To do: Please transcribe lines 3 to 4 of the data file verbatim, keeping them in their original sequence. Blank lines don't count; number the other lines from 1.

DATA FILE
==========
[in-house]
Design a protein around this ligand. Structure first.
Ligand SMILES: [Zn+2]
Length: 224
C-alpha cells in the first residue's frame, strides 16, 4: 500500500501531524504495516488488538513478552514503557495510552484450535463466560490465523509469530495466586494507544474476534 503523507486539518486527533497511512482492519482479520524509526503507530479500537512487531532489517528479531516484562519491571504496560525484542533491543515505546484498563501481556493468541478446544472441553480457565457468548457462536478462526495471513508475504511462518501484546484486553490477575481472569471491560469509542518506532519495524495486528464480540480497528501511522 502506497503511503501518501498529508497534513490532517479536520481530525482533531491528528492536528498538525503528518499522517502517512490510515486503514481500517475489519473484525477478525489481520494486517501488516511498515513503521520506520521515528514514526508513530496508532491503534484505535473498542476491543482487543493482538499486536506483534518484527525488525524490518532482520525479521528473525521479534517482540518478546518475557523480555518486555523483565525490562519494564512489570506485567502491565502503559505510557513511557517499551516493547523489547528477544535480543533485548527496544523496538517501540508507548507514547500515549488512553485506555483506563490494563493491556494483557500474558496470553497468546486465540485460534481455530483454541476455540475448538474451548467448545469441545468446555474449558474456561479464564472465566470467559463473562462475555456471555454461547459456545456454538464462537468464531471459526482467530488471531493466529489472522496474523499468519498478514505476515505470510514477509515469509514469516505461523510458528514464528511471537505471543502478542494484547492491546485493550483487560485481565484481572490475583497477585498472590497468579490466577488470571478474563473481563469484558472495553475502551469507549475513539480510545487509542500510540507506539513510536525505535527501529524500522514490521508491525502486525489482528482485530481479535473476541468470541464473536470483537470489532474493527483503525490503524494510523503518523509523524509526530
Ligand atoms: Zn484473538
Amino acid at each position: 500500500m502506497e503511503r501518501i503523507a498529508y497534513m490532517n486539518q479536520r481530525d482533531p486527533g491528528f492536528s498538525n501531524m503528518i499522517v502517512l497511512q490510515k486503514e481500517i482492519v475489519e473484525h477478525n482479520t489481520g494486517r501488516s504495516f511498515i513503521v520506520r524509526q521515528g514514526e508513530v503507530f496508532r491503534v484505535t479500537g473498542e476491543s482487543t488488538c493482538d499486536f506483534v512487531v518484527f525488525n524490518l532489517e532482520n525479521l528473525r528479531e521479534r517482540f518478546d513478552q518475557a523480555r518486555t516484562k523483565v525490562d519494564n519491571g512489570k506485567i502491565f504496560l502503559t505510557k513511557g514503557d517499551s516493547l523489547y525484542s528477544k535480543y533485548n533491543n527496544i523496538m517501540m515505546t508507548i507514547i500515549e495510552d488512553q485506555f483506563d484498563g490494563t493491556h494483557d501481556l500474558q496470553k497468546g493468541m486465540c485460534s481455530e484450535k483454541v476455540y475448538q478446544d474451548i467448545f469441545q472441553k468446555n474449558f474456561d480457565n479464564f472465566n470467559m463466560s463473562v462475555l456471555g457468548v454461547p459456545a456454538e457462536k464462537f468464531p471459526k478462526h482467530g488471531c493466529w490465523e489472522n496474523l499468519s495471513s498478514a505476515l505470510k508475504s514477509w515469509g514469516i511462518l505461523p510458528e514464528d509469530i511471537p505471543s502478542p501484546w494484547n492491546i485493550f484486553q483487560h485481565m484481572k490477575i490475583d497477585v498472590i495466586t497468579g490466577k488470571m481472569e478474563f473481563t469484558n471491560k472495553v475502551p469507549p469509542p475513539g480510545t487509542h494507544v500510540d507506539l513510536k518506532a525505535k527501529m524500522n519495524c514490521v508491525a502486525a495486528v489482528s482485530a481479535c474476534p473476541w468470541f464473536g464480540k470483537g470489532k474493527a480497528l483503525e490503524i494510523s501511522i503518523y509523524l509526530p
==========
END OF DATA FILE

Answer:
Ligand SMILES: [Zn+2]
Length: 224